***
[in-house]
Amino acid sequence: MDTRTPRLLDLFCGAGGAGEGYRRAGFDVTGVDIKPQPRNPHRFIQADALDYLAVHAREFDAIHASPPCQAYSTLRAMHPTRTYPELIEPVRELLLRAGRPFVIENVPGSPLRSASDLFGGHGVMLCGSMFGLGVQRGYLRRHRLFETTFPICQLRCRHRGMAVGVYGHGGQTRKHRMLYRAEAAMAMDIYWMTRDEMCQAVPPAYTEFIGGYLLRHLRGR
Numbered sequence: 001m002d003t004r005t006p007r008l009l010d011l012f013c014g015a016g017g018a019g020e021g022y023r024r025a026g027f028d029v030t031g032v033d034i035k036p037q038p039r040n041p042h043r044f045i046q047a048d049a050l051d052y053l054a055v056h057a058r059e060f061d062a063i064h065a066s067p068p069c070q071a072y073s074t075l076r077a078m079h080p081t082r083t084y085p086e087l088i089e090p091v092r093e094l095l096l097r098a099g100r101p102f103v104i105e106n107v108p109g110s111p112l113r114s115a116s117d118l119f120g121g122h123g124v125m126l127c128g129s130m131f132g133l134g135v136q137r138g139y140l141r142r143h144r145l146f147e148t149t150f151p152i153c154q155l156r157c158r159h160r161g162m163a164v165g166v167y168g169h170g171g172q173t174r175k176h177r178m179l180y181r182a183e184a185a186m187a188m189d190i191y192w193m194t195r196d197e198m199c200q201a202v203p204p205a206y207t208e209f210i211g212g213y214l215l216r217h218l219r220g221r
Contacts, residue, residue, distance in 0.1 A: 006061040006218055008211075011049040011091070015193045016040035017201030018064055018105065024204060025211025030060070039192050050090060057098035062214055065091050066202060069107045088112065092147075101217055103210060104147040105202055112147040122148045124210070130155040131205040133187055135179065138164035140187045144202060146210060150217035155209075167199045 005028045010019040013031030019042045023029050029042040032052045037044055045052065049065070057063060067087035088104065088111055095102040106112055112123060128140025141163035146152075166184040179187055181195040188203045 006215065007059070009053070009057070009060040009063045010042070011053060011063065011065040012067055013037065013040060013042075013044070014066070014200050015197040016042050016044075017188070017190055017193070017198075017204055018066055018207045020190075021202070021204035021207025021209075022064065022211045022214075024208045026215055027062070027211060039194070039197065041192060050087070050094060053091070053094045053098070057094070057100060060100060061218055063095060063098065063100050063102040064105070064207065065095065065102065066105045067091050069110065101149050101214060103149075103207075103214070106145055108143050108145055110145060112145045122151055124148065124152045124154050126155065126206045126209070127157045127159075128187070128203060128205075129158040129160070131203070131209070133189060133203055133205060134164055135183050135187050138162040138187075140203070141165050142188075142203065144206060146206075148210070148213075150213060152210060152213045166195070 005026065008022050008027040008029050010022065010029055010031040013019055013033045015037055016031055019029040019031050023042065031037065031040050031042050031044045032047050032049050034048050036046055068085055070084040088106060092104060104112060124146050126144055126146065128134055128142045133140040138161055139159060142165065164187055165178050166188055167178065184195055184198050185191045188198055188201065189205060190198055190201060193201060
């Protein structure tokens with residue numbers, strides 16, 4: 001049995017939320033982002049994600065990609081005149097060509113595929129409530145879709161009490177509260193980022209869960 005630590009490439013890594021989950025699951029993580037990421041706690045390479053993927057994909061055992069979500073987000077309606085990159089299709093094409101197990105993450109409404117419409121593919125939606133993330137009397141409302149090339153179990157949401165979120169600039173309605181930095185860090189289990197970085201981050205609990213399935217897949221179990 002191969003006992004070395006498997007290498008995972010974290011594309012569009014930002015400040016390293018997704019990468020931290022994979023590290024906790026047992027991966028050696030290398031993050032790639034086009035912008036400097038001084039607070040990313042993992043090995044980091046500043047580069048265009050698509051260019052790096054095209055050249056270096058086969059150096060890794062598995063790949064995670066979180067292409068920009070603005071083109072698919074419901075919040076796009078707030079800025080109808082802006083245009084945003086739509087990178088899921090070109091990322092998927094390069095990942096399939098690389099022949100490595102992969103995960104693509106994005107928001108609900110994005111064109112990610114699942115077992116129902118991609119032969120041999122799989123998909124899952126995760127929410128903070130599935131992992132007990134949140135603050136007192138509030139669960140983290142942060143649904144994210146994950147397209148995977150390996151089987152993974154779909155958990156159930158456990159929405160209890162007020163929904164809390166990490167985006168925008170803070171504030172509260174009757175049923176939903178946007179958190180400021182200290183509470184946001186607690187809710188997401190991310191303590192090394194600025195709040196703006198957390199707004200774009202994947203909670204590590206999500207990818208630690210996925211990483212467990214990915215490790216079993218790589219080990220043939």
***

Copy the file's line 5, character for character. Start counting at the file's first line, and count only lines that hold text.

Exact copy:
């Protein structure tokens with residue numbers, strides 16, 4: 001049995017939320033982002049994600065990609081005149097060509113595929129409530145879709161009490177509260193980022209869960 005630590009490439013890594021989950025699951029993580037990421041706690045390479053993927057994909061055992069979500073987000077309606085990159089299709093094409101197990105993450109409404117419409121593919125939606133993330137009397141409302149090339153179990157949401165979120169600039173309605181930095185860090189289990197970085201981050205609990213399935217897949221179990 002191969003006992004070395006498997007290498008995972010974290011594309012569009014930002015400040016390293018997704019990468020931290022994979023590290024906790026047992027991966028050696030290398031993050032790639034086009035912008036400097038001084039607070040990313042993992043090995044980091046500043047580069048265009050698509051260019052790096054095209055050249056270096058086969059150096060890794062598995063790949064995670066979180067292409068920009070603005071083109072698919074419901075919040076796009078707030079800025080109808082802006083245009084945003086739509087990178088899921090070109091990322092998927094390069095990942096399939098690389099022949100490595102992969103995960104693509106994005107928001108609900110994005111064109112990610114699942115077992116129902118991609119032969120041999122799989123998909124899952126995760127929410128903070130599935131992992132007990134949140135603050136007192138509030139669960140983290142942060143649904144994210146994950147397209148995977150390996151089987152993974154779909155958990156159930158456990159929405160209890162007020163929904164809390166990490167985006168925008170803070171504030172509260174009757175049923176939903178946007179958190180400021182200290183509470184946001186607690187809710188997401190991310191303590192090394194600025195709040196703006198957390199707004200774009202994947203909670204590590206999500207990818208630690210996925211990483212467990214990915215490790216079993218790589219080990220043939």